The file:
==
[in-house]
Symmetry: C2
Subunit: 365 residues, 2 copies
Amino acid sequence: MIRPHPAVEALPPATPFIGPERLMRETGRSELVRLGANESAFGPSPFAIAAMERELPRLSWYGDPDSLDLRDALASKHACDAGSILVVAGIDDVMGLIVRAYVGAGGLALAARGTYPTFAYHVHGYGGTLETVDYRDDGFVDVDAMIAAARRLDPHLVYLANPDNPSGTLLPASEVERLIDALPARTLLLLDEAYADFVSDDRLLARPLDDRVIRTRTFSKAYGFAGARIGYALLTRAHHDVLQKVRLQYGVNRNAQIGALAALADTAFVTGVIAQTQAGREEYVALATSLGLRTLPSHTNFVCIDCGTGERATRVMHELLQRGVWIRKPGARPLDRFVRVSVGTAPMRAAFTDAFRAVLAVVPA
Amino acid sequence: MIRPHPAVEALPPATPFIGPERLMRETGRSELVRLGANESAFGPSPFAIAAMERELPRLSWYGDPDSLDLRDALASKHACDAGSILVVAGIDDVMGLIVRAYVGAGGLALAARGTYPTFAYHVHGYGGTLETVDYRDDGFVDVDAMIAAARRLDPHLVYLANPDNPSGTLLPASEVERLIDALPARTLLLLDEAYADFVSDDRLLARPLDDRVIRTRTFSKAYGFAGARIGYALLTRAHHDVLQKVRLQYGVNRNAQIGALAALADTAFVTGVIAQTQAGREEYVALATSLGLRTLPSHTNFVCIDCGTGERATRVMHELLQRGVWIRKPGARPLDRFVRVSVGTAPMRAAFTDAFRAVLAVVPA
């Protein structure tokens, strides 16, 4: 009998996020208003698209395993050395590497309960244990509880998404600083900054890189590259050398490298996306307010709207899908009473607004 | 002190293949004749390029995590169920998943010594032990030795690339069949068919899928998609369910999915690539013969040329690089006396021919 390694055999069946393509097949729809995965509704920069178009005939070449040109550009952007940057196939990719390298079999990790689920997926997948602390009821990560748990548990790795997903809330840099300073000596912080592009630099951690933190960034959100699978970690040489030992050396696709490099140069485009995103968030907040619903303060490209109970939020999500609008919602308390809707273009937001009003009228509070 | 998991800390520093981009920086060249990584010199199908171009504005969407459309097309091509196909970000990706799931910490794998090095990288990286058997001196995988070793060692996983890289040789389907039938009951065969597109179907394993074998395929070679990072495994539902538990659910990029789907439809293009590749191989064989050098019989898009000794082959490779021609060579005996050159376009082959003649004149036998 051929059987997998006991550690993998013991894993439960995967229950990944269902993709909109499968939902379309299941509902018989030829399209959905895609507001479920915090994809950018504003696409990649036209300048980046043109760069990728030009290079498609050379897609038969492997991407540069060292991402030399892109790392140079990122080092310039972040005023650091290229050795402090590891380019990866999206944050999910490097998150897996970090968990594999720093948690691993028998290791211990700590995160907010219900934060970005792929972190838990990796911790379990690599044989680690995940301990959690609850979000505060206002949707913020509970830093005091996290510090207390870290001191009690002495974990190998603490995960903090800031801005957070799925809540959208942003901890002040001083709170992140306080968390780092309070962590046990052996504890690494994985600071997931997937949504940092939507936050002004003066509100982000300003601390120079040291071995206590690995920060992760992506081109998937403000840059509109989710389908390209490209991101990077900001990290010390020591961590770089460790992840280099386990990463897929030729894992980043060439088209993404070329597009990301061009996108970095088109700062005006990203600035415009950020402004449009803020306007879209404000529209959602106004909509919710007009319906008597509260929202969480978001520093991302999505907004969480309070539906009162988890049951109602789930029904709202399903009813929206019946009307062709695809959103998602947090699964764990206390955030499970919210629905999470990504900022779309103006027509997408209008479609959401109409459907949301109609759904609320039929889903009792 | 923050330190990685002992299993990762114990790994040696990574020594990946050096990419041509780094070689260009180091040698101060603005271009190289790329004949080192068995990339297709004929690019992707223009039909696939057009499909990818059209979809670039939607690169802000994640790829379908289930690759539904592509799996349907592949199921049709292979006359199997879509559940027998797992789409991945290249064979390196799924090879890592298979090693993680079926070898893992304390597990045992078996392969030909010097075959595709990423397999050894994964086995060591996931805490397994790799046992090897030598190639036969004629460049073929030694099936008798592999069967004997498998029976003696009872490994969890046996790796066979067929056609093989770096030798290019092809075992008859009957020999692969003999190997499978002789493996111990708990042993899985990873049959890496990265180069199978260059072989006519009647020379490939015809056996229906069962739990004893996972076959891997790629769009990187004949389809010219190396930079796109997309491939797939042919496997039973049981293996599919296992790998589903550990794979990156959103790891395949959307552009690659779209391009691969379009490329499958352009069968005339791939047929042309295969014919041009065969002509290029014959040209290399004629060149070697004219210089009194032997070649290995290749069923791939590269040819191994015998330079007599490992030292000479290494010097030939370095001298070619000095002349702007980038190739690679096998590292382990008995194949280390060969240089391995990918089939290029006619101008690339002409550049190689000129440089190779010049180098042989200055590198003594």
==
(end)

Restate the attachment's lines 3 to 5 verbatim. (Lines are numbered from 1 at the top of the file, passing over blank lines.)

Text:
Subunit: 365 residues, 2 copies
Amino acid sequence: MIRPHPAVEALPPATPFIGPERLMRETGRSELVRLGANESAFGPSPFAIAAMERELPRLSWYGDPDSLDLRDALASKHACDAGSILVVAGIDDVMGLIVRAYVGAGGLALAARGTYPTFAYHVHGYGGTLETVDYRDDGFVDVDAMIAAARRLDPHLVYLANPDNPSGTLLPASEVERLIDALPARTLLLLDEAYADFVSDDRLLARPLDDRVIRTRTFSKAYGFAGARIGYALLTRAHHDVLQKVRLQYGVNRNAQIGALAALADTAFVTGVIAQTQAGREEYVALATSLGLRTLPSHTNFVCIDCGTGERATRVMHELLQRGVWIRKPGARPLDRFVRVSVGTAPMRAAFTDAFRAVLAVVPA
Amino acid sequence: MIRPHPAVEALPPATPFIGPERLMRETGRSELVRLGANESAFGPSPFAIAAMERELPRLSWYGDPDSLDLRDALASKHACDAGSILVVAGIDDVMGLIVRAYVGAGGLALAARGTYPTFAYHVHGYGGTLETVDYRDDGFVDVDAMIAAARRLDPHLVYLANPDNPSGTLLPASEVERLIDALPARTLLLLDEAYADFVSDDRLLARPLDDRVIRTRTFSKAYGFAGARIGYALLTRAHHDVLQKVRLQYGVNRNAQIGALAALADTAFVTGVIAQTQAGREEYVALATSLGLRTLPSHTNFVCIDCGTGERATRVMHELLQRGVWIRKPGARPLDRFVRVSVGTAPMRAAFTDAFRAVLAVVPA